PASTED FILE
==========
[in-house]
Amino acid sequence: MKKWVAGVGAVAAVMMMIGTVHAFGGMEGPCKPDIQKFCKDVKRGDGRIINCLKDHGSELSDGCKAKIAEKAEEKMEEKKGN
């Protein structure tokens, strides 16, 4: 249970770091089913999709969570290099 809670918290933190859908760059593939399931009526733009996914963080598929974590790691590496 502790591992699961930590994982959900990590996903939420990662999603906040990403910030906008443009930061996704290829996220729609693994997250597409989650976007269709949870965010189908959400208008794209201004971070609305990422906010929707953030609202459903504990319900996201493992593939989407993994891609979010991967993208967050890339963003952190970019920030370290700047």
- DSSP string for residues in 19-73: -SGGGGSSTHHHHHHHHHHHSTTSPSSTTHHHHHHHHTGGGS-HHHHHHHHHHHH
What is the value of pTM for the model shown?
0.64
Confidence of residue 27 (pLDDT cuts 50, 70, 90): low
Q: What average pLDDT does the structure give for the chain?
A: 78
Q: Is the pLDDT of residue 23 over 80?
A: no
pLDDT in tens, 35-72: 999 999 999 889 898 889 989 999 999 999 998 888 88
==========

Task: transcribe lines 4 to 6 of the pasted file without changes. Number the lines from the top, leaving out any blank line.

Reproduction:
- DSSP string for residues in 19-73: -SGGGGSSTHHHHHHHHHHHSTTSPSSTTHHHHHHHHTGGGS-HHHHHHHHHHHH
What is the value of pTM for the model shown?
0.64